The Ontario Medical Association (OMA) is calling on doctors, parents, schools and governments to make childhood obesity prevention a priority.
This „call to arms,“ as termed by Dr. Alan Hudak, a pediatrician with the OMA, came with the alarming discovery that children in Ontario may not live as long as their parents.
An obese child has a 70 per cent chance of becoming an obese adult and may face several consequences earlier on. In addition to possible self-esteem issues, an obese child has a greater risk of hypertension, high cholesterol and high blood pressure known risk factors for cardiovascular and heart diseases in adulthood.
A growing concern found in adolescence is type 2 diabetes, with children accounting for over 50 per cent of new diagnoses. The solution suggested in the OMA’s latest report „An Ounce of Prevention or a Ton of Trouble: Is there an Epidemic of Obesity in Children?“ is a back to basics approach.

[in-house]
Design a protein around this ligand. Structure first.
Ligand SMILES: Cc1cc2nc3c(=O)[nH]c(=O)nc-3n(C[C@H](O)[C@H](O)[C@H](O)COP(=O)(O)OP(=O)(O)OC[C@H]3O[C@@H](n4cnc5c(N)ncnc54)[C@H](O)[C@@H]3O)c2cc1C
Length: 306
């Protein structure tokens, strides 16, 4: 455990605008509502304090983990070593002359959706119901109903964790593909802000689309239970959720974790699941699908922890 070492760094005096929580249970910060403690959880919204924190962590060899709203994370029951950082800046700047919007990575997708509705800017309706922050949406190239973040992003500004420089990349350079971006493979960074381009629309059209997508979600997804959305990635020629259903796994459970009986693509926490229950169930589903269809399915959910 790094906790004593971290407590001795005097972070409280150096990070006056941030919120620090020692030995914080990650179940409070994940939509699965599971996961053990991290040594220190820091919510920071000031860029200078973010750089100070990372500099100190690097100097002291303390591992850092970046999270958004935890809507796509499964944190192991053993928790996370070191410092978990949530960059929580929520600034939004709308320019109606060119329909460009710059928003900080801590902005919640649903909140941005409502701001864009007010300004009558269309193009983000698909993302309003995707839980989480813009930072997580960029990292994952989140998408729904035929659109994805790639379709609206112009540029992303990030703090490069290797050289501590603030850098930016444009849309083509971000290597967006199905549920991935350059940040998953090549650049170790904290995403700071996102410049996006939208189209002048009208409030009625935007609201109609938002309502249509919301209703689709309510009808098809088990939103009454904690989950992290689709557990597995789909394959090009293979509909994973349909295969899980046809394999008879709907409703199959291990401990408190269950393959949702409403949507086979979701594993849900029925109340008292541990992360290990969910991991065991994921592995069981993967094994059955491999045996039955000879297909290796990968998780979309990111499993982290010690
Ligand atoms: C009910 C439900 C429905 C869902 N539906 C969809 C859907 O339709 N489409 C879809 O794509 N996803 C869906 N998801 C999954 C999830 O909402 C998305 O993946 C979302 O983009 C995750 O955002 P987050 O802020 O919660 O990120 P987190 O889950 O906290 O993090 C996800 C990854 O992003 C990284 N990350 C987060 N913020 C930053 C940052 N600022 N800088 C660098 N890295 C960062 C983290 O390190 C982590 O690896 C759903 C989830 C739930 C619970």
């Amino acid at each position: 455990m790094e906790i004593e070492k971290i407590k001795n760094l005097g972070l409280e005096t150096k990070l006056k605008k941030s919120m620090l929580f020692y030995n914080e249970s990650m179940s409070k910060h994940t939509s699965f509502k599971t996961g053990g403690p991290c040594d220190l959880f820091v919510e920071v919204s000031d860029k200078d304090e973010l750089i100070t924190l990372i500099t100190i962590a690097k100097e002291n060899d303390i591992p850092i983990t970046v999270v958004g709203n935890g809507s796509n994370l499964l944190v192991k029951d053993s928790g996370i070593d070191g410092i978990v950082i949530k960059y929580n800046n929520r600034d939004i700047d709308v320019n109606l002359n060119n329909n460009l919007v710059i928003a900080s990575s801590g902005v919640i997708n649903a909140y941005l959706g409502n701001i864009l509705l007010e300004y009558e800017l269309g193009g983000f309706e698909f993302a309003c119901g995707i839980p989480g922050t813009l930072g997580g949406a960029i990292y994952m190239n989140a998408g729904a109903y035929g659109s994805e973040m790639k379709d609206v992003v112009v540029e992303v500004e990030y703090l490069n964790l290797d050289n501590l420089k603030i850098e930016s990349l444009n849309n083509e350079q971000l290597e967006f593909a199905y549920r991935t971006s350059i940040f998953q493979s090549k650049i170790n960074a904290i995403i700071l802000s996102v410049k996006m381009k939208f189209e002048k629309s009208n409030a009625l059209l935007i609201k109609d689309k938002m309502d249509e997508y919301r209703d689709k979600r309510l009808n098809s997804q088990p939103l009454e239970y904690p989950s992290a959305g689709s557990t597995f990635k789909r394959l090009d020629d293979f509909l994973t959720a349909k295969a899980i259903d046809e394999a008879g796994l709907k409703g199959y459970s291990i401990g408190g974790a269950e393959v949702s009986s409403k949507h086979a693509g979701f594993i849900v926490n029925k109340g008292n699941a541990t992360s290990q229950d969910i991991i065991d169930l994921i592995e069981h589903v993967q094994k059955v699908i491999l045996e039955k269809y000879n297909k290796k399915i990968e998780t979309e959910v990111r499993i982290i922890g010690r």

Ted Boadway, executive director of health policy, emphasized small environmental changes need to be made, rather than a big fix attempt.
The report highlights 12 recommendations for physicians, families, schools and government to act on.
Though several of these recommendations include structural changes – screening for weight problems, restrictions on food advertising to children under 13, and one hour of aerobic physical activity per day in schools – the focus for change is primarily on families.
Dr. Greg Flynn, OMA president, cites busy lifestyles – due to single parent families or households where both parents work – as a challenge to healthy living. Dr. Flynn who states that he practises what he preaches stresses that parents need to set an example.
This means they should make healthy changes to their own diet, enjoy a television-free dinner hour, and take their children outside to play. As a parent himself, Dr. Flynn understands the challenge for working parents to encourage healthy eating and regular exercise.
He adamantly enforces that parents make it a priority. A specific example to help parents, offers Dr. Flynn, would be to turn off the television and computer between 6 and 8 p.m. In place of these pastimes, he states confidently they’ll play.“
A complete list of list of recommendations can be found online at the OMA’s website.
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